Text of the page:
Following the meeting, I approached MPP Brady in the lobby outside. Still stuck in my head over what had happened earlier, I attempted to explain why I was upset, and I believe I said something to the effect of “those are your supporters too, and you should work to turn down the heat a little because this type of behaviour is unacceptable.”

  It was a half-baked idea shared too loudly at a moment when I should have quietly left the scene instead. I regret that it took place. 

I want to note that despite the fervour over any divisive political issues, many of which our MPP finds herself at the centre of, my working relationship with Brady has been a good one over the past two years. 

  While there are other political leaders in Haldimand who will not pick up a phone and speak with me, choosing instead to communicate through staffers and often offering only generalized statements instead of fulsome answers to the questions sent, I can truly say that is not the case with MPP Brady. 

  I appreciate the openness with which she provides her time to do so, including our difficult conversation last week surrounding the motion at the heart of last week’s protest. 

  I do have some admiration for the manner in which our MPP speaks out on issues she deems important, like the Argyle St. Bridge in Caledonia. Those things do need to be heard by our provincial government, despite any contentious relationship with the premier that may or may not arise from saying them.

  On the other hand, I also truly feel the manner in which Brady’s supporters booed and verbally attacked Haldimand’s councillors, particularly Ward 6 Councillor Patrick O’Neill, was off-hand and unfair. O’Neill, like Brady, has shown through our interactions over the past two years to care about his ward. He has promoted the area’s various service clubs with a passion, has served on the board of the Mudcat Festival, and has organized charity fundraisers through the  Dunnville Aeros hockey team, of which he is a co-owner.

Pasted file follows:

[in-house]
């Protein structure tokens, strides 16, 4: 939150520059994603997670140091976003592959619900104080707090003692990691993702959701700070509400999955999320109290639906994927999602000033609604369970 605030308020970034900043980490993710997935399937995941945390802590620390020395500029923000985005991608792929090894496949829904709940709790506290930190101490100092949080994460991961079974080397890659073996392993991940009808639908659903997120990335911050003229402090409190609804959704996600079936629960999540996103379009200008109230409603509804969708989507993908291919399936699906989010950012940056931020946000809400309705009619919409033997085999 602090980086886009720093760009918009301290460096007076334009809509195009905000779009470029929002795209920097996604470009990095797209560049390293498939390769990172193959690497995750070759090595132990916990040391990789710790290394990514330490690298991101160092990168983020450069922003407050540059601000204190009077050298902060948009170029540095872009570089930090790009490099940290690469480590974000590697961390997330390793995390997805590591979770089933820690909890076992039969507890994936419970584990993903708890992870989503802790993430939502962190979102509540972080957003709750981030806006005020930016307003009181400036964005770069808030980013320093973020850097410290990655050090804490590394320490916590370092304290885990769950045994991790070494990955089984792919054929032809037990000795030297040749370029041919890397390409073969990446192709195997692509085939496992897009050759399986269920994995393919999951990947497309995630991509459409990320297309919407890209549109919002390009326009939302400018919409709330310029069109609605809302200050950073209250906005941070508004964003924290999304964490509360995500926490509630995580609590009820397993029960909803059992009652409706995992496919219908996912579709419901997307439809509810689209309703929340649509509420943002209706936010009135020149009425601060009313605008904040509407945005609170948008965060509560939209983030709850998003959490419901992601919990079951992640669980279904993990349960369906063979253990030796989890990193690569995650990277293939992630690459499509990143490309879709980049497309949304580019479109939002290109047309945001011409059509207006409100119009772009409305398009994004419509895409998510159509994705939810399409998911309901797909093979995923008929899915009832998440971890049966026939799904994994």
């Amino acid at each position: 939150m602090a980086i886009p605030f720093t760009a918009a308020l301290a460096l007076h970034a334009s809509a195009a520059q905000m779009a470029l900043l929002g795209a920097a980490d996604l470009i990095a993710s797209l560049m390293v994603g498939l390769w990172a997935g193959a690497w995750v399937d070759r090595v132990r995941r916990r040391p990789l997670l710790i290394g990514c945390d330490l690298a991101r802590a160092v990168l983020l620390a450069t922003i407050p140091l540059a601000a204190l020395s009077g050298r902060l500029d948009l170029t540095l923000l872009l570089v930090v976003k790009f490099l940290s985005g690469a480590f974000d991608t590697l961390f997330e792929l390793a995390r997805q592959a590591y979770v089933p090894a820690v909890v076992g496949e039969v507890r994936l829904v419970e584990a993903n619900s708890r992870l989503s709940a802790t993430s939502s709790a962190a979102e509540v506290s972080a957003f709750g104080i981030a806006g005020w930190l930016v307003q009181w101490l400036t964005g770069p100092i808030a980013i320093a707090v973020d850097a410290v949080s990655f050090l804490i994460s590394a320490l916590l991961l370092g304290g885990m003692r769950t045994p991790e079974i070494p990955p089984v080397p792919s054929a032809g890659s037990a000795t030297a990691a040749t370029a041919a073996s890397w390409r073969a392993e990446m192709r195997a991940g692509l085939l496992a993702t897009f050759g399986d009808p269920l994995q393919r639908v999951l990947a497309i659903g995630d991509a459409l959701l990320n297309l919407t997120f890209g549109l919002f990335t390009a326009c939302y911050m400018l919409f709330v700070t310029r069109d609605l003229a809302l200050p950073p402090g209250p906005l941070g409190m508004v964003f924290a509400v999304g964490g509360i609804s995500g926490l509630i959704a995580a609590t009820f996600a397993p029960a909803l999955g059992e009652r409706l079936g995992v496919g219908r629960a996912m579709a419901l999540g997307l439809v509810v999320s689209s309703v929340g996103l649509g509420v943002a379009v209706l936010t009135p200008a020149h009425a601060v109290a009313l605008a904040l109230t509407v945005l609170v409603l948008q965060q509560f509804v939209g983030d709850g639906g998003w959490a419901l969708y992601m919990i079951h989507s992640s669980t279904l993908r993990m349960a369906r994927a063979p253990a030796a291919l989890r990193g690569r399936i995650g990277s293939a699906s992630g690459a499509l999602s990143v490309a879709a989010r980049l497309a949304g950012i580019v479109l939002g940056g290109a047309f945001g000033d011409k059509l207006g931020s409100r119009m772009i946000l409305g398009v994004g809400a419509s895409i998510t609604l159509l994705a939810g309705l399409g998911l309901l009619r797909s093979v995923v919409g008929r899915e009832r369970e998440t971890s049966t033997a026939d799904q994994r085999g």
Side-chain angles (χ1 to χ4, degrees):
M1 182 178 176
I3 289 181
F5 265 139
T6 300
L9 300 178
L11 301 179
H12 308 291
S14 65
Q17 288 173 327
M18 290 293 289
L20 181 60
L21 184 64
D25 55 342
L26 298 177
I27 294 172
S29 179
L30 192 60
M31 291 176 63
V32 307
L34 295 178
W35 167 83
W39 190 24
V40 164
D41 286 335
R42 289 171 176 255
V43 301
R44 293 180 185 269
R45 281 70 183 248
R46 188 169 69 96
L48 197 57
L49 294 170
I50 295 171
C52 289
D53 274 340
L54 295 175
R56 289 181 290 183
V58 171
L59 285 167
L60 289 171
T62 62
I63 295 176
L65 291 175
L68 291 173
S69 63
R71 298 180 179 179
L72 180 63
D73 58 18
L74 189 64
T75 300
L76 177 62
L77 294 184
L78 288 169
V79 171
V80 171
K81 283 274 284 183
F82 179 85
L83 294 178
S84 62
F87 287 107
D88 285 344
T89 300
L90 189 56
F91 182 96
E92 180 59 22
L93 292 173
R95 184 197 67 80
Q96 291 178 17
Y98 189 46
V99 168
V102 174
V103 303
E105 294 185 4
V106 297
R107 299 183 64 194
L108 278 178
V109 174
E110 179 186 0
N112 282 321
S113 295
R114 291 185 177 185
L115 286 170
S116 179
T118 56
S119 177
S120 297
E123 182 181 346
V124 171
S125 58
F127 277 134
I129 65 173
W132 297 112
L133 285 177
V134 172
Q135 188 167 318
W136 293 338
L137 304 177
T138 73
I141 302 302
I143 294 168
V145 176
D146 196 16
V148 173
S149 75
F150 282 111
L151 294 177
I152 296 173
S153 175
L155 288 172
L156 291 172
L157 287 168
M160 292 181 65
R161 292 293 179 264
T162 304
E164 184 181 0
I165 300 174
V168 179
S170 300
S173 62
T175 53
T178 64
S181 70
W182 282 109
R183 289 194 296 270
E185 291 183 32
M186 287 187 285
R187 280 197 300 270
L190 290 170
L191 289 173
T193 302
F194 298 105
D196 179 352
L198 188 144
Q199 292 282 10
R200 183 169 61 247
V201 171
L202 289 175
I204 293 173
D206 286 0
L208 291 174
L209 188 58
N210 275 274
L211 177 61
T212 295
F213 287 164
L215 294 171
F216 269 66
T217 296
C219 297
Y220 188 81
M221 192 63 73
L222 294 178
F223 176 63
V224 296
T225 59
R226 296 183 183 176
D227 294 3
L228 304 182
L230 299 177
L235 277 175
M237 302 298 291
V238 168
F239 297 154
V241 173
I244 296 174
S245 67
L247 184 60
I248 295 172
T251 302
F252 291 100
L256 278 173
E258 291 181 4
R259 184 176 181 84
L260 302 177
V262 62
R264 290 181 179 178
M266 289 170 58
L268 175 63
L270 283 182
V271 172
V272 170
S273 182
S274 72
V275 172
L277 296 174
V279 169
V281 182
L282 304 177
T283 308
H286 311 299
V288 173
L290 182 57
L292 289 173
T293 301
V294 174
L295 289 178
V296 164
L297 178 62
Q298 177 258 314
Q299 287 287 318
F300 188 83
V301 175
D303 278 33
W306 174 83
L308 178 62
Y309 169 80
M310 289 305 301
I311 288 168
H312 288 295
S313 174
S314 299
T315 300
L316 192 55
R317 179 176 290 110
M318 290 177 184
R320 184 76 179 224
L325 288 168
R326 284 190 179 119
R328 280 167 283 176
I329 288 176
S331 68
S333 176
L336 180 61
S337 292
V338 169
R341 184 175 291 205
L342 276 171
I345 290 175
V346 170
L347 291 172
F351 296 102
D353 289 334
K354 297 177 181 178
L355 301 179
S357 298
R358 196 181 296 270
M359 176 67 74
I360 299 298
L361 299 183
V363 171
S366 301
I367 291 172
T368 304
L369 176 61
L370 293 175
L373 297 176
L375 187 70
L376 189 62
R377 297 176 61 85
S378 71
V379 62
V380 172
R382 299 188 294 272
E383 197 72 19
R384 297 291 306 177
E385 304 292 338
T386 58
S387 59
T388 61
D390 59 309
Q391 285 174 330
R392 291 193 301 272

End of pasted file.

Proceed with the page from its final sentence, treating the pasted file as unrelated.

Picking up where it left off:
Regardless of his opinion on the Nanticoke MZO or any other issue, O’Neill is the representative voice of his ward, voted in by the community in Dunnville. Disagreeing with his views can be done without yelling disparaging words at him from the lobby – it can be done with reasoned conversations and letters, and at the polls in the next municipal election. That’s a fact, and if you feel like throwing a tomato at me for saying it, that’s alright, I can respect that feeling as well (just don’t actually throw something at me), but it won’t change my mind.

  To those in attendance who witnessed the tail end of my anxiety-induced behaviour, I apologize. The version of me present in that meeting was on-edge, nervous, and in full defense mode. Not a great headspace to get stuck in, as I’m sure we can all agree, but one I’m sure we’ve all been stuck in once or twice when faced with a difficult, unexpected situation.

  The version of me writing this editorial two days later knows that the heart of Haldimand’s many passionate residents is honest and true, and when they speak out, they do so out of honest concern for the community they call home. 

  To them, I apologize for my behaviour, and I will do better to walk away next time someone calls me a … nope, still not going to type that word.